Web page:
Alison Walsh, the dining room manager at RiverWoods Durham, elaborated on the numerous precautions taken by her staff since the outbreak: “We are all wearing masks and we have sanitizer that we spray down multiple times a day. We have hand sanitizer at each work station [and] we’re doing the takeout scenario so there’s no buffet. We set up lines at the counter so they can practice their social distancing and have ‘X’ markers on the floor so that they get a visual of what six feet looks like.” 

Although the safety precautions are strict, residents and staff are still keeping their spirits up. “For the most part, everyone’s been really positive,” Walsh said of the residents’ attitude towards the changes. “The challenging ones have been the ones who have had to quarantine,” Walsh referred to the new policy in which any resident that leaves the facility must then quarantine for fourteen days. “Those are the ones that have a hard time adjusting.”

Not only are RiverWoods’ precautions during this pandemic posing new challenges to the residents and employees, but the relatives of residents are also having a hard time maintaining a connection with their family members. 

The visiting restriction has made it difficult for people like Gordon and her family to check in on her grandparents during the pandemic. “The last time I visited my grandparents was over [winter] break,” explained Gordon. “I stay connected to them through email and Zoom. About once a week they ask for a couple of items from the grocery store which I can pick up and drop off at the front gate with a security guard. Those things then get delivered to them through someone that works there and has the authority to see the residents.”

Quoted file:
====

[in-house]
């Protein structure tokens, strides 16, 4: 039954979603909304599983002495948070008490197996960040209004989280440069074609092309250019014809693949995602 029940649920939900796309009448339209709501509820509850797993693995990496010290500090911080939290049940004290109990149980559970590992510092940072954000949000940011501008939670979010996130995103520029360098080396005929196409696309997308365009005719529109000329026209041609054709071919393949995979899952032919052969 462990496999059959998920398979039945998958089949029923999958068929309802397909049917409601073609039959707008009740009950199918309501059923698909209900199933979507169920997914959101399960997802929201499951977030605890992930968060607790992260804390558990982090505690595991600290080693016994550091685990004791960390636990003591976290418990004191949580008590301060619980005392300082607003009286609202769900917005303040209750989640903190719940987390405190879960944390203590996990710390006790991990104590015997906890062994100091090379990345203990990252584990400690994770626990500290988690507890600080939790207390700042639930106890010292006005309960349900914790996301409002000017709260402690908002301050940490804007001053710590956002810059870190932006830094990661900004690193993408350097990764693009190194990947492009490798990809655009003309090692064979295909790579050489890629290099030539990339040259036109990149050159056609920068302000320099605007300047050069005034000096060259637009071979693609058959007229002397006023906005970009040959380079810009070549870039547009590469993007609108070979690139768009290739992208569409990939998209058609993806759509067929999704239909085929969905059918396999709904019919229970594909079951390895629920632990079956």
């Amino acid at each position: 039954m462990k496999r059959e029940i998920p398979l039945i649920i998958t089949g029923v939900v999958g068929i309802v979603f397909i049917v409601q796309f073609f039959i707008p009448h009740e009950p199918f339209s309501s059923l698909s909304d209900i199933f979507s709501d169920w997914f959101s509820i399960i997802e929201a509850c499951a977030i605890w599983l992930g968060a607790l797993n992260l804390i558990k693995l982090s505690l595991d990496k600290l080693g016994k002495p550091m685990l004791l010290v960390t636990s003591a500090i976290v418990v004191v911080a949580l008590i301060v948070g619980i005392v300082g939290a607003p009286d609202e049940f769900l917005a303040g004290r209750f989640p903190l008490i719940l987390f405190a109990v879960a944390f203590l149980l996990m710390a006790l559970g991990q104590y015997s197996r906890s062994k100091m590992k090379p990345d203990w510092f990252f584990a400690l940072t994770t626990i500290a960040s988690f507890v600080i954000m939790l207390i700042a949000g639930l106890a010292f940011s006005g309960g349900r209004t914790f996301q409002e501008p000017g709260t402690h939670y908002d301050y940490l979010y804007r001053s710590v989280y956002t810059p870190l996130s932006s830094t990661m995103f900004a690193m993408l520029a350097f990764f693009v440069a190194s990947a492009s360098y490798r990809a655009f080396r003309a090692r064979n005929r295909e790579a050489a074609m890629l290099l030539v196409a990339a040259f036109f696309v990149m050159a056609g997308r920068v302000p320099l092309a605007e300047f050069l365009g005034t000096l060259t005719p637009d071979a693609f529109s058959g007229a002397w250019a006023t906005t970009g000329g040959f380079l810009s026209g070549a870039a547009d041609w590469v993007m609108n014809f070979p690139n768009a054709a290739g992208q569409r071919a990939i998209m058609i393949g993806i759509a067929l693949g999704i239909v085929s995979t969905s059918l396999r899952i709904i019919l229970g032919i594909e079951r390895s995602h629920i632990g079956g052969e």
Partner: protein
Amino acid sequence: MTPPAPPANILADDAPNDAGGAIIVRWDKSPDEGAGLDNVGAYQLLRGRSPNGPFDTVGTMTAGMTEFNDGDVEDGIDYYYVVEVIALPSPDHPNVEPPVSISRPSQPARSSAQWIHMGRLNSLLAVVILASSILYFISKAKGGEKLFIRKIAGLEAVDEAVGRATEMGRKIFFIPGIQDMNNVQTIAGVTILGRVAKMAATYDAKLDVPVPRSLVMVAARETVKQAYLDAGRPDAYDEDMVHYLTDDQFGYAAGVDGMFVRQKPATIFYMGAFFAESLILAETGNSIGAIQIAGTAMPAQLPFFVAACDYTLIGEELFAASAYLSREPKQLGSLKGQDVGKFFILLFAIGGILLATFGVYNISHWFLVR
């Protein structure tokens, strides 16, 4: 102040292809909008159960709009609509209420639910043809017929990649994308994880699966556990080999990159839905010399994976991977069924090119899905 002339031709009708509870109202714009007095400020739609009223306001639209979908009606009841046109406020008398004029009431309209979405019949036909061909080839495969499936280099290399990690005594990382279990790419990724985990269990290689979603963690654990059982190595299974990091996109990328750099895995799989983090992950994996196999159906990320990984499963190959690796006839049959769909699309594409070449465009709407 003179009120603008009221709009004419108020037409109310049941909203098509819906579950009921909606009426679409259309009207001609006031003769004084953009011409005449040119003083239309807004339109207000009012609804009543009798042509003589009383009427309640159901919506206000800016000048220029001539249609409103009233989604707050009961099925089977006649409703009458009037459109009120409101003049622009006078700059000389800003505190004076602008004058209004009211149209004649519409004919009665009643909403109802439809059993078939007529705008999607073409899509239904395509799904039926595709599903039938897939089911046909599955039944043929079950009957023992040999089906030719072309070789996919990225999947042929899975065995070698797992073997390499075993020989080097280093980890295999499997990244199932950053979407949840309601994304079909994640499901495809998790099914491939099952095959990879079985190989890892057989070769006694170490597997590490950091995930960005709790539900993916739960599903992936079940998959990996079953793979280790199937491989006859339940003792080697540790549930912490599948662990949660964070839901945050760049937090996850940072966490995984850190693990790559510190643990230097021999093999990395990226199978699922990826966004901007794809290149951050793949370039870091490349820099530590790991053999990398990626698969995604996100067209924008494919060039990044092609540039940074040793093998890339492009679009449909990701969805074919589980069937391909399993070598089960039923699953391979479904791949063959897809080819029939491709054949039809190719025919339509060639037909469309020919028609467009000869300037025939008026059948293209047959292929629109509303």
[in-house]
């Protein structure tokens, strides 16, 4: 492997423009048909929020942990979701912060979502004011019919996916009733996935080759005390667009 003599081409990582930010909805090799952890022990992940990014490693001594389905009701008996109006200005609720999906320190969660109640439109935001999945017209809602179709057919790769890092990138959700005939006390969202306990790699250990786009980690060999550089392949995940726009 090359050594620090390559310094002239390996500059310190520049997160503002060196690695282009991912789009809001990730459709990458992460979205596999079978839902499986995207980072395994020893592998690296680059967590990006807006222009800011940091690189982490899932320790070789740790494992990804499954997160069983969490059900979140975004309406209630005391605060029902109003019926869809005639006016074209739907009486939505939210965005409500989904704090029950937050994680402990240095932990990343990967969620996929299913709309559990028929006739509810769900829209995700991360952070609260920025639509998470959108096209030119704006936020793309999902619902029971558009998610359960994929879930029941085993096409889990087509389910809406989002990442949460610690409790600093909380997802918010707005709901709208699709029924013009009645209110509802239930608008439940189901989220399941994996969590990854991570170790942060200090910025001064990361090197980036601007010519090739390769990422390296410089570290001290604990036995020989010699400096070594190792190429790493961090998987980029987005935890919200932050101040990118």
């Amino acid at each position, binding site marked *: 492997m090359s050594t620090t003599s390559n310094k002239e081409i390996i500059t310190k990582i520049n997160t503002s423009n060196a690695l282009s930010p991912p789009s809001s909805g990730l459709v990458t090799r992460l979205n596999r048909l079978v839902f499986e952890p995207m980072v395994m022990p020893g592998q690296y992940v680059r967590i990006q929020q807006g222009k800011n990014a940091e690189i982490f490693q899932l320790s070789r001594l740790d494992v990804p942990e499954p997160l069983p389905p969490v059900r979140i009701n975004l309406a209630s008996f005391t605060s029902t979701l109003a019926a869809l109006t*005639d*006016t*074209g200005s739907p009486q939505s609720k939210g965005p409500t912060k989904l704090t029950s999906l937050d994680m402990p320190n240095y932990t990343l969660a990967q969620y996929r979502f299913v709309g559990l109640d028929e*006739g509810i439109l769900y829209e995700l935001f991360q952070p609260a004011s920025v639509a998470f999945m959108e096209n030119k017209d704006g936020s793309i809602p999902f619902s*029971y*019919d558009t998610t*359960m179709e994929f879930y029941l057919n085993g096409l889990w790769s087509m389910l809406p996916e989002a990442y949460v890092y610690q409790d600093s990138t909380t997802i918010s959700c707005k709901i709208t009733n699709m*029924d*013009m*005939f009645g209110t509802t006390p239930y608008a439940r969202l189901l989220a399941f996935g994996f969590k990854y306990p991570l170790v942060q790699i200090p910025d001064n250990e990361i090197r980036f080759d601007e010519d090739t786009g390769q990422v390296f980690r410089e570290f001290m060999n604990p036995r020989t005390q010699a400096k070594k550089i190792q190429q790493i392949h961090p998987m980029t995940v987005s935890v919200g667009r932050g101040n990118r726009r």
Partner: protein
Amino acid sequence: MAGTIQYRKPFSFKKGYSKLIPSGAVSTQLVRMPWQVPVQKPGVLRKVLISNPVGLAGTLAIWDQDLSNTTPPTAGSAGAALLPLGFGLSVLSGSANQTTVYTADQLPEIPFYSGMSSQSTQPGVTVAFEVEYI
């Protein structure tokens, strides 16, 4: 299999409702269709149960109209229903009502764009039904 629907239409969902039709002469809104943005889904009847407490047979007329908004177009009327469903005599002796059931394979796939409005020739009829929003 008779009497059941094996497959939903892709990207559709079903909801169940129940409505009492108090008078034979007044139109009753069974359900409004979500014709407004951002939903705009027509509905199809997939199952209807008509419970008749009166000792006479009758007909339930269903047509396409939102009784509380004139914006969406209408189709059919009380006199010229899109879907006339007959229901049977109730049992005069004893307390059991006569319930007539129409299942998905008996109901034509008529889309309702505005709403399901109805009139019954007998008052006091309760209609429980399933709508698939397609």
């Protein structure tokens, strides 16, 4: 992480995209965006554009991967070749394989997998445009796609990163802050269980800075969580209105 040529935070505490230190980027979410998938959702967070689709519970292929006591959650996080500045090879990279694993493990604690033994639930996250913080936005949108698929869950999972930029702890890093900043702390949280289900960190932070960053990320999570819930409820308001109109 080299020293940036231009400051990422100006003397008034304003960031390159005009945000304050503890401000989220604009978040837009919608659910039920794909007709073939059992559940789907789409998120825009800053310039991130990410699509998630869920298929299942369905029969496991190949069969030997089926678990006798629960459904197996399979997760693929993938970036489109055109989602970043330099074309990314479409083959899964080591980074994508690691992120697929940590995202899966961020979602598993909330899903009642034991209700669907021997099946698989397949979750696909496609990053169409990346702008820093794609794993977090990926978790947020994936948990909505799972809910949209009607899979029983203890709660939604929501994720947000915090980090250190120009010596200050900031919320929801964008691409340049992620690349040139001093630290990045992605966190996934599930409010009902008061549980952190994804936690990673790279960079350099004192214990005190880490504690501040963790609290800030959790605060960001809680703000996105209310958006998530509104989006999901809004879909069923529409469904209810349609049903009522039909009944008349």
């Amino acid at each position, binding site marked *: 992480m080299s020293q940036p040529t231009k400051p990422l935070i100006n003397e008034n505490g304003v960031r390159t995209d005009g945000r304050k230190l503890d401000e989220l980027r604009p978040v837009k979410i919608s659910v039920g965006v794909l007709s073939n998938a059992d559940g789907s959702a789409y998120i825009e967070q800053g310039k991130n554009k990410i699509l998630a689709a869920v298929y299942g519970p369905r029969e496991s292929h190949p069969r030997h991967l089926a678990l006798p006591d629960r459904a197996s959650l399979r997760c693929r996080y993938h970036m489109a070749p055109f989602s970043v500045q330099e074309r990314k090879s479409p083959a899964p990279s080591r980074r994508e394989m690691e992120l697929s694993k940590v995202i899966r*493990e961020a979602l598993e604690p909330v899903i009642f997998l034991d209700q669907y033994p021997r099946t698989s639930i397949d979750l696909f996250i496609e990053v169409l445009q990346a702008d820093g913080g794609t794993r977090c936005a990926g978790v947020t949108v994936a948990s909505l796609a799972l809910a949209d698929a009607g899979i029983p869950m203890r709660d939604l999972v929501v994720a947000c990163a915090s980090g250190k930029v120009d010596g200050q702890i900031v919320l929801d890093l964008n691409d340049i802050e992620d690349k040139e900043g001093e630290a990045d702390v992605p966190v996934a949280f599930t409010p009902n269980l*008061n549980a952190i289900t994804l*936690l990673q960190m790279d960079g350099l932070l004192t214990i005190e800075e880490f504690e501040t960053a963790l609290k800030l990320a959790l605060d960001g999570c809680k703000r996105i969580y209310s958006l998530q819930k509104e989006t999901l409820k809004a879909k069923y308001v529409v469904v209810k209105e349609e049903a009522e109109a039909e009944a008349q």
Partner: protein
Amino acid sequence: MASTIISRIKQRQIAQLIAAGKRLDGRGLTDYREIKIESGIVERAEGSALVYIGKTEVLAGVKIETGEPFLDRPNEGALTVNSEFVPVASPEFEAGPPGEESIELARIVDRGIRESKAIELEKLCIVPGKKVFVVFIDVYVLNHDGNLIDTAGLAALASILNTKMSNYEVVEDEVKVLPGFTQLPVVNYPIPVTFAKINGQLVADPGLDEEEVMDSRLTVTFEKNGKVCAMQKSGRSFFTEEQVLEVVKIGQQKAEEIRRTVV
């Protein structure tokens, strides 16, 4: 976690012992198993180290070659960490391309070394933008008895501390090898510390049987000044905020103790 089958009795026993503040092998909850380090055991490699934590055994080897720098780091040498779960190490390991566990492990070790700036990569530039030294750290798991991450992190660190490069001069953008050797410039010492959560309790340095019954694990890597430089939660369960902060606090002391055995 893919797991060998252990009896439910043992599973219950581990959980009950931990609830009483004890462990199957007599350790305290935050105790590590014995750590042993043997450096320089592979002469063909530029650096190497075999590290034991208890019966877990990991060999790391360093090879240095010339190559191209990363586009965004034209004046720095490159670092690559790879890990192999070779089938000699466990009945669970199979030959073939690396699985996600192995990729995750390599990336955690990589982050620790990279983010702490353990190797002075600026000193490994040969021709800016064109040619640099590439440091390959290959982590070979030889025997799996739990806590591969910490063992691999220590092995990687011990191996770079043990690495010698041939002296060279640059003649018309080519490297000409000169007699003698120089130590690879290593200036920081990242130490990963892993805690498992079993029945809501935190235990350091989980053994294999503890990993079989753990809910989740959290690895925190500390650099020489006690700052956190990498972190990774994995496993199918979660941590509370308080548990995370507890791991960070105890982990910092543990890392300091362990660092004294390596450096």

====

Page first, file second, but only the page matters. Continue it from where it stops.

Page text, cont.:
So far, RiverWoods has been keeping the public updated, releasing almost daily updates in the form of memos and YouTube videos that explain what actions are being taken. While the main purpose of the videos is to inform residents, they can help let others, such as family and friends, know what is going on inside the facility. 

Justine Vogel is the CEO of the RiverWoods Group, and is also the person conducting the almost daily updates for residents, staff, friends, and family. On April 1st, Vogel published a video in which she expanded upon the closed campus the RiverWoods communities initiated. Closed campus means RiverWoods’ doors will not open for visitors and family unless under extreme circumstances. “I know how hard it is for you to not be able to see your loved ones, but right now our focus is on keeping your loved ones safe, healthy, and strong. The best thing we can do is keep you and everyone else away from them,” Vogel said in the video. “What we are trying to do is create a bubble around campus [that is] as possible; keeping our residents from leaving campus and having the only folks that enter to be the essential employees that do the essential functions to operate our communities.”

Despite the anxiety of the COVID-19 pandemic and the danger it poses to the residents of RiverWoods, employees do their best to keep the atmosphere fun and light, while still encouraging healthy social distancing. 

“The biggest thing we did was write jokes and things on the bags their food was in and seeing the residents laugh, even though the jokes weren’t that good,” Domaleski said. “We had a lot more options, like ice cream, which I think made them happy to have more access to the food they like getting. We also just avoided talking about the virus… [the residents] would ask us a lot about online school and things. The company is doing small things so they feel like they’re part of a community. Obviously not everyone’s the happiest right now, but we’re trying to create an atmosphere of good vibes.”

And though things might seem bleak among the news broadcasts, these efforts to make RiverWoods a safe environment for its residents seem to be working so far. “I am always a little nervous when it comes to [my grandparents],” Gordon said, “but I think that RiverWoods is doing a really good job. My grandparents seem happy while also staying safe.”

Written by Chase Amarosa and Ella Gianino